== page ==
AddThis SmartLayers

Judge rejects daily’s bid to name ‘danger to public’ who strangled date

A judge has rejected a regional daily’s bid to name a teenager who is a “danger to the public” and also poses a “very high risk of harm” to women with whom he is intimately involved.

The Leicester Mercury fought to reveal the identity of the 17-year-old who strangled his 19-year-old date until she passed out, while Leicester Crown Court also heard the boy beat her so savagely he broke a baseball bat, as well as hitting her with a frying pan and a hoover attachment during the attack.

He also expressed his intention to kill the woman, and told police he thought he had done so when he was arrested, while it was further revealed he had 10 previous convictions for 20 offences – including racially aggravated assaults, theft, criminal damage and pushing a five-year-old child into a canal.

Despite this, Judge Nicholas Dean QC ruled against the Mercury’s request, delivered in court by senior reporter Adrian Troughton, on the grounds it was not in the interests of justice to lift the ban.

The teen attacked his victim with a baseball bat

The teen attacked his victim with a baseball bat

Adrian argued that the reporting restrictions should be lifted because of the seriousness of the crime to which the boy, from Loughborough, had pleaded guilty and the fact that he had been classed as a dangerous person by a probation service report, adding the defendant was due to turn 18 in the near future.

But Judge Dean said he had to balance the public interest against the interests of the teen, who had vulnerabilities and could be rehabilitated,.

He told the court: “It is not an easy balance to strike. It does seem to me that there is potential for damage to the defendant by him being identified at this stage. It’s very difficult to assess to what extent publicity might be damaging, there may be knock on consequences for his family.

“It seems appropriate to maintain the status quo. I have not heard sufficient reason for the lifting of the restrictions attached to naming this defendant today so the restrictions will remain in place until his 18th birthday.”

The court heard how the couple met face to face for the first time on Saturday 24 August after they had been messaging on an internet dating app, with the attacker paying for his victim to travel to his home in a taxi from the Peterborough area.

They shared a day and night together at his flat, but the boy became “very violent” after he dropped her mobile phone down the toiler so she could not call her mother.

Judge Dean said: “There followed a prolonged period of sadistic cruelty. He attacked her. He broke a baseball bat during the attack. He then beat her with a frying pan and later still, hit her with a hoover attachment.

“He strangled her. He humiliated her. He filmed her and degradingly he exchanged messages with his friend and half-brother in conversations that are really quite disturbing. He expressed at one stage, an intention to kill her. He told police that he thought he had killed her.”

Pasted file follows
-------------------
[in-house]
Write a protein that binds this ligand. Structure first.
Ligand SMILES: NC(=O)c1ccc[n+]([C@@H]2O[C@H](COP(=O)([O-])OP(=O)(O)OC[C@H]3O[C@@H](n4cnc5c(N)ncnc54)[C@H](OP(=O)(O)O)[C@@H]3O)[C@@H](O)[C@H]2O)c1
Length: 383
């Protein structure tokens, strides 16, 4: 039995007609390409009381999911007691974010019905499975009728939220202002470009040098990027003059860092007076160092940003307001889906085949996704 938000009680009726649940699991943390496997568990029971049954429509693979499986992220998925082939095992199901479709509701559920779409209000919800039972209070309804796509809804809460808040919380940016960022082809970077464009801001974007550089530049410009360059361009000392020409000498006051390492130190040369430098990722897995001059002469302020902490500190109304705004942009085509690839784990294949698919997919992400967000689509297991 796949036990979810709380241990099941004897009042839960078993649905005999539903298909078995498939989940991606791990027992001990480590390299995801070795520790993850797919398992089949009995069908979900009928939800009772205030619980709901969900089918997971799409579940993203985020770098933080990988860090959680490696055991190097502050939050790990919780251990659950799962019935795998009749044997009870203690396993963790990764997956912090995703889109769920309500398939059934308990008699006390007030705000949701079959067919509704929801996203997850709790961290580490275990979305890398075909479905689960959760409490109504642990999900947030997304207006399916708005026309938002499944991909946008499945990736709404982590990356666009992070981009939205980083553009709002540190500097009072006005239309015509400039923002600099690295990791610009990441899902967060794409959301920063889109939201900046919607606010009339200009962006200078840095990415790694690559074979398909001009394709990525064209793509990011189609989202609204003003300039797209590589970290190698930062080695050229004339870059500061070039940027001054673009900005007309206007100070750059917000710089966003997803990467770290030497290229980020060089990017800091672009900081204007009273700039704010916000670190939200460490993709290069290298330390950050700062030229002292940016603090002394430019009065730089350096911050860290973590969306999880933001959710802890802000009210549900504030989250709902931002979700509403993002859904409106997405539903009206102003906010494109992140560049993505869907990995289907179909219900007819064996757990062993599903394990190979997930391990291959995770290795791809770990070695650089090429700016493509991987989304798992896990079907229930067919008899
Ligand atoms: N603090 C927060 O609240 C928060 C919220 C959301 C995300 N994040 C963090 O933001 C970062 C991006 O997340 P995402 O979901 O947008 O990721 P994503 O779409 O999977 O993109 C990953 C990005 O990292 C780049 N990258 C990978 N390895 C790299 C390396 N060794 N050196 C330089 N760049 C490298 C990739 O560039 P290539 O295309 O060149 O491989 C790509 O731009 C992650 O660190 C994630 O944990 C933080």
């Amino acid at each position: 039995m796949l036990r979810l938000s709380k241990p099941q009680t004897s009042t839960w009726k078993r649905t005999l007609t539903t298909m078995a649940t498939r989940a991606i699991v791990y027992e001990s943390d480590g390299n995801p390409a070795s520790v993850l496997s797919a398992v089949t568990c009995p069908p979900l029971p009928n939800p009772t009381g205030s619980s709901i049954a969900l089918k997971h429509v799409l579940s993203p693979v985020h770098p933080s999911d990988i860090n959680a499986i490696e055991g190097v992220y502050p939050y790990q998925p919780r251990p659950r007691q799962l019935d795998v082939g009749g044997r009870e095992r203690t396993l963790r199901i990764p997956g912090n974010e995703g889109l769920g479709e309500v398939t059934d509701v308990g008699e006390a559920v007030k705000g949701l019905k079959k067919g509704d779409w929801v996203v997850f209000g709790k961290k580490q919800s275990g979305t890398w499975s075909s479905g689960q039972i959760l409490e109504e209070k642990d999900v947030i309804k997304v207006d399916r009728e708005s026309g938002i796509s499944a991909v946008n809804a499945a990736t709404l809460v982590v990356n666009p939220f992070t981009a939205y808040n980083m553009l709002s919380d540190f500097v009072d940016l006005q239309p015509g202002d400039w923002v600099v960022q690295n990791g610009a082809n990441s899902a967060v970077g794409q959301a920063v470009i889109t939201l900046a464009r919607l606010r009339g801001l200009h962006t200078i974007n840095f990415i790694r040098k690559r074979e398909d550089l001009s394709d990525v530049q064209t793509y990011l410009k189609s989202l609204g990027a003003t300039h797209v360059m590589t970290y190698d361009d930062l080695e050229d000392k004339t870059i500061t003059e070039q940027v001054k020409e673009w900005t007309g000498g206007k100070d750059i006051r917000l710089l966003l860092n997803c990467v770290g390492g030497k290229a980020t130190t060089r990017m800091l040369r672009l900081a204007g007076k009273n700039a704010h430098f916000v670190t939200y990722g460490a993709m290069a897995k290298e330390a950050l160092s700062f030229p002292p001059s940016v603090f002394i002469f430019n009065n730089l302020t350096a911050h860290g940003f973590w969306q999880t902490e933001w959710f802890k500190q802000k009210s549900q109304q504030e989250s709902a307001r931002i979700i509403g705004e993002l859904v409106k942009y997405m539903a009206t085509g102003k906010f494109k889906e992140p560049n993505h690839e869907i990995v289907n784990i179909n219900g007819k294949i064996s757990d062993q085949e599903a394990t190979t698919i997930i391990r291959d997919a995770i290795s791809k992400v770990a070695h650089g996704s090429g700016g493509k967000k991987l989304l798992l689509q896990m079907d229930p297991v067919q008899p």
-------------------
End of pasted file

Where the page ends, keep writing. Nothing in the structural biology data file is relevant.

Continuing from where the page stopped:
Jonathan Dunne, prosecuting, told how the assault ended when the boy laid down on the floor and accused his date of attacking him, at which point she took the chance to run out of his flat and into the arms of a neighbour who called the police.

A victim impact statement provided to the court said the episode had a “profound psychological effect on here, leaving her scared to go out and “deeply depressed.”

Mr Dunne said: “The [pre-sentence probation service] report states that he poses a high risk of harm to the public, to males or females, if he feels they have wronged him in some way. It says he presents a very high risk of harm to females if he has some intimate involvement with them.”

The boy pleaded guilty to wounding with intent to cause GBH on 25 August, and Gary Short, defending, told the court his client had mental health issues with “his own particular difficulties”.

Judge Dean, who handed down a nine-year extended sentence which will see the boy serve five years behind bars then four years released on licence, told him: “I hope after this that you will no longer be a danger to the public when you are released.”

Alongside its report of the sentencing, the Mercury carried a piece explaining why it could not name the boy on its Leicestershire Live sister website.

Editor George Oliver told HTFP: “The Mercury, like other titles, frequently receives comments from readers asking why it is not naming defendants. Journalists understand why this is the case but it’s not always clear to the reader why some defendants are given anonymity.

“It was for that reason we put together a short piece explaining the application made by the Mercury and the reasons heard by the court for its refusal.

“We would not, as a matter of course, apply to identify a defendant aged under 18. However, we felt in this instance that the circumstances of the case meant that an application merited consideration.

“We are grateful to Judge Dean for giving the request his time and for setting out his reasoning. We appreciate that there are often background considerations of which we are not aware and we respect the decision reached.”